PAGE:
ANC national chair and mineral resources minister Gwede Mantashe has spoken out about security upgrades at his home and other properties undertaken by controversial corruption accused company Bosasa.
During an exclusive interview with Mantashe at the offices of the mineral resources ministry in Pretoria, he denied aspects of a News24 report that detailed the equipment installed at his properties and disputed the value thereof.
Mantashe has also distanced himself from Bosasa, which changed its name to African Global Operations last year, saying that his ANC security detail had taken care of his security arrangements while he served as secretary general of the party.
He claimed he was not personally aware of who the service provider was.
ANC spokesperson Pule Mabe did not respond to detailed questions seeking to confirm Mantashe's claims.
News24 revealed earlier this month that Bosasa had installed CCTV systems and electric fencing at Mantashe's Boksburg home and two properties in Cala and Elliot in the Eastern Cape.
Mantashe confirmed that CCTV systems had been installed, but denied that he had also received electric fencing at any of his properties.
"And in fact, there never was [electric fencing]," Mantashe said.
He maintained that his Boksburg home had palisade fencing installed many years ago and his properties in rural Eastern Cape had barbed wire fences.
Details of the installations at high-profile government leader's homes are contained in an affidavit by a former Bosasa employee, who for his safety asked not to be identified.
The employee detailed how, with the knowledge and often under the instruction of Bosasa CEO Gavin Watson, CCTV, electric fencing and alarm systems were installed at the homes of Mantashe, communications minister Nomvula Mokonyane and deputy correctional services minister Thabang Makwetla.
The company also installed similar systems at the homes of former South African Airways chair Dudu Myeni, former Passenger Rail Agency of South Africa procurement manager Mbulelo Gingcana, former correctional services commissioner Linda Mti and ANC MP, Vincent Smith.
He stated that Bosasa carried the costs of the installations.
Makwetla confirmed that Bosasa had installed the systems at his home and in a detailed statement claimed he had repeatedly requested Watson to provide him with an invoice.
According to the affidavit CCTV and recording systems, alarms and perimeter lighting to the value of R300 000 were installed at Mantashe's three properties and the employee maintained that he was instructed to install the systems by Bosasa director, Papa Leshabane.
Mantashe confirmed he had met Leshabane but maintains that only CCTV was installed amid concerns and threats to his safety - and the system had in fact led to arrests after two break-ins at his Boksburg property.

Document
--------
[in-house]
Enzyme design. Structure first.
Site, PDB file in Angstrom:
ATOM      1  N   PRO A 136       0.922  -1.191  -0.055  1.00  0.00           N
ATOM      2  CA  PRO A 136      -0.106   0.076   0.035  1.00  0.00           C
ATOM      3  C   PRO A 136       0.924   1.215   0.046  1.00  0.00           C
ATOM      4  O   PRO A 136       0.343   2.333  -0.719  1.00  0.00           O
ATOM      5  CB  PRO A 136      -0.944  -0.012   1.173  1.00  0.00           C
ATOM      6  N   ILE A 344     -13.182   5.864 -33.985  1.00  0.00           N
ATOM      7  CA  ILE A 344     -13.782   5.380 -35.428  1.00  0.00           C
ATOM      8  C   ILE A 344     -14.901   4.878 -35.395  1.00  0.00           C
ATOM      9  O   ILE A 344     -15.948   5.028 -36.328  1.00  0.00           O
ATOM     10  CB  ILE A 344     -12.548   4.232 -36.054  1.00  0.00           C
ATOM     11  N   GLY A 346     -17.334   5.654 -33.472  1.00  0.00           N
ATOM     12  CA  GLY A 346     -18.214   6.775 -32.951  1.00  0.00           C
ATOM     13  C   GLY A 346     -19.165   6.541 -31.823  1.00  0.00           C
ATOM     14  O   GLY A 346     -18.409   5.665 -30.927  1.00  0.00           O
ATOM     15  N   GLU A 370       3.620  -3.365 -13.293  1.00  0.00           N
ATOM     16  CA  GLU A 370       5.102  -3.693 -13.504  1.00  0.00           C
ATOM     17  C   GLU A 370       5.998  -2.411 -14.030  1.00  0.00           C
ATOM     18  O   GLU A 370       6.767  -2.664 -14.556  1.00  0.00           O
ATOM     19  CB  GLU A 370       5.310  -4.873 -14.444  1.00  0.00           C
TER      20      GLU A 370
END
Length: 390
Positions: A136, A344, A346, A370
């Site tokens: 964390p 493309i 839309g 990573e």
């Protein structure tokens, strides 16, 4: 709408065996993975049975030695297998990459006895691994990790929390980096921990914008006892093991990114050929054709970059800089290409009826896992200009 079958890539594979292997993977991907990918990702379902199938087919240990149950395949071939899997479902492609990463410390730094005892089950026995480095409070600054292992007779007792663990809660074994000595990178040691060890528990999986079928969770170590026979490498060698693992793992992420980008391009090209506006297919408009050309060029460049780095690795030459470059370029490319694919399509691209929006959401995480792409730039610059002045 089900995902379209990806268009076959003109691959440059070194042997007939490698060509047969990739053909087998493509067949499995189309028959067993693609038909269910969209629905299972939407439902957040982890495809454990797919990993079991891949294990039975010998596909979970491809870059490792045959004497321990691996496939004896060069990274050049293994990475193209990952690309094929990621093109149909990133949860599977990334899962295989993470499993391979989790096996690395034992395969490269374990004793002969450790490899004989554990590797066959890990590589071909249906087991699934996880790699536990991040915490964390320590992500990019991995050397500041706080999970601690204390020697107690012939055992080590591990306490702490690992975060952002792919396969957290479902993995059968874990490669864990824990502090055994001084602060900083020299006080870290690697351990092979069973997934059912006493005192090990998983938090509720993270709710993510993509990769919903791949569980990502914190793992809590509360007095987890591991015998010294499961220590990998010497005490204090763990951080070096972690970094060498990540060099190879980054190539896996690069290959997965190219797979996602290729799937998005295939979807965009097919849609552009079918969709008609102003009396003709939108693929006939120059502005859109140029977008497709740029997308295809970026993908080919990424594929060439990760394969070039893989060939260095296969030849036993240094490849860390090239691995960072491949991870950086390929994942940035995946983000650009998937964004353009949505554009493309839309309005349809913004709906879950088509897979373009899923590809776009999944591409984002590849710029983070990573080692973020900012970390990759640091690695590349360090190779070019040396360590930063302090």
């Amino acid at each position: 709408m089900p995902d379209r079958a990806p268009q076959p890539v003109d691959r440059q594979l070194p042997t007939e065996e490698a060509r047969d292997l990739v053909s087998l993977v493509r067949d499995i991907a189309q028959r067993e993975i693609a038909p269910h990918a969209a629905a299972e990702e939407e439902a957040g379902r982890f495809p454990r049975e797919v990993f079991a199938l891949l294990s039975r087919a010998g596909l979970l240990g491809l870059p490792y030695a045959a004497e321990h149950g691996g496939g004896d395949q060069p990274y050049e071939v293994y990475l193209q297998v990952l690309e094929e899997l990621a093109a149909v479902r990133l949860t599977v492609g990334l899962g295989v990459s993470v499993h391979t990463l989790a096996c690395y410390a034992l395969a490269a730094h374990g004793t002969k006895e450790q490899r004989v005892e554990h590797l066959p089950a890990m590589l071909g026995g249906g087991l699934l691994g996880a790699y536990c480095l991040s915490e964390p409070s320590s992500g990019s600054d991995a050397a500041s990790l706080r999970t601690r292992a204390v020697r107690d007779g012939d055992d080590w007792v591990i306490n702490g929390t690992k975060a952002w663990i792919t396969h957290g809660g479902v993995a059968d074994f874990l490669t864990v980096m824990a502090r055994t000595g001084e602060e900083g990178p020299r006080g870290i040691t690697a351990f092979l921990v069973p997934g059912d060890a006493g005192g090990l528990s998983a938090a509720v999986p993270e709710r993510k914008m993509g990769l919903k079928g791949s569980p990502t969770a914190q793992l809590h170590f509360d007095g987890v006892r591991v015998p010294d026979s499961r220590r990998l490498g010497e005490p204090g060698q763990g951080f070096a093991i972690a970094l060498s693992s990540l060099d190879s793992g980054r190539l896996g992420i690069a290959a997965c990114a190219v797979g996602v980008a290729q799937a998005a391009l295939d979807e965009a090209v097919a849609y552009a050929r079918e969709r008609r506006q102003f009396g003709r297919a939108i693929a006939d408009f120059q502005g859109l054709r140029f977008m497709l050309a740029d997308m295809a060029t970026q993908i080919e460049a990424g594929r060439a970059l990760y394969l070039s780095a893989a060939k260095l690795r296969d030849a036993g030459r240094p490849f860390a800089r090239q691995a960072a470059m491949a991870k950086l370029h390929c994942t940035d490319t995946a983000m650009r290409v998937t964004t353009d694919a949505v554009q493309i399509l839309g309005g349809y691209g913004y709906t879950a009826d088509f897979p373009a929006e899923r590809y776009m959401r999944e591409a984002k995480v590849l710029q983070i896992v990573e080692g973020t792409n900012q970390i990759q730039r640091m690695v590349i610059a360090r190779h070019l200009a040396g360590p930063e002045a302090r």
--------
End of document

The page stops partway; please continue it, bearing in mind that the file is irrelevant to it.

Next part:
Leshabane, Mantashe explained, accompanied his son-in-law Calvo Mawela, Multichoice CEO, to a traditional ceremony as part of Mawela's marriage to Mantashe's daughter, Nombasa.
Both Leshabane and Mawela confirmed that they were friends and were provided the same version when asked whether the security upgrades to Mantashe's properties was discussed between them.
"We never discussed, I informed him that I was requested by Mr Mantashe's security detail to assist after a break in and theft at one of his properties," Leshabane told News24.
"Mr Leshabane informed me that he is assisting Mr Mantashe's security detail, but did not discuss the particular security upgrades to which you refer," Mawela said.
"Friends support each other. I have accompanied Calvo to funeral and weddings too, including those in his own family and he has done the same for me," Leshabane said.
"The ANC and Mr Mantashe had nothing to do with the installation. I got personally involved as I am a member of that family who is duty bound to help in times of distress. Also note that neither me personally nor my company benefitted from this installation," he added in response to questions over who paid for the security systems.
The employee who lifted the lid on Bosasa's largess is fighting his dismissal from Bosasa, saying he was disciplined and fired for storing "consumables", such as wiring and cable trunking left over from the politicians' and officials' installations, at his home on the property of Bosasa's Krugersdorp head office.
He said he was forced to keep them there to avoid questions about what they were used for.
News24 also obtained a range of text messages from the various politicians to the Bosasa employee, asking him questions over the alarm and CCTV systems that were installed.
One of the messages was from a person named simply 'Mzonke'. Mantashe confirmed that a Mzonke was part of his security detail at the ANC.
"Can u again big chief give me yo guy to show us the footage we can't see it at all pls pls [sic]," a text from Mzonke to the Bosasa employee on January 23, 2017 read.
Bosasa has won government contracts worth more than R10bn over the next five to 10 years from various departments, including the departments of justice, correctional services, home affairs, social development and the Airports Company SA.
In 2009, a Special Investigating Unit report found the company bribed former correctional services commissioner Mti and the department's chief financial officer, Patrick Gillingham, to secure lucrative tenders, including massive fencing and catering contracts for prisons worth more than R1 billion.
This past week the NPA laid the blame for the delay on any charges being brought the Hawks who the NPA said have failed to finalise a forensic report.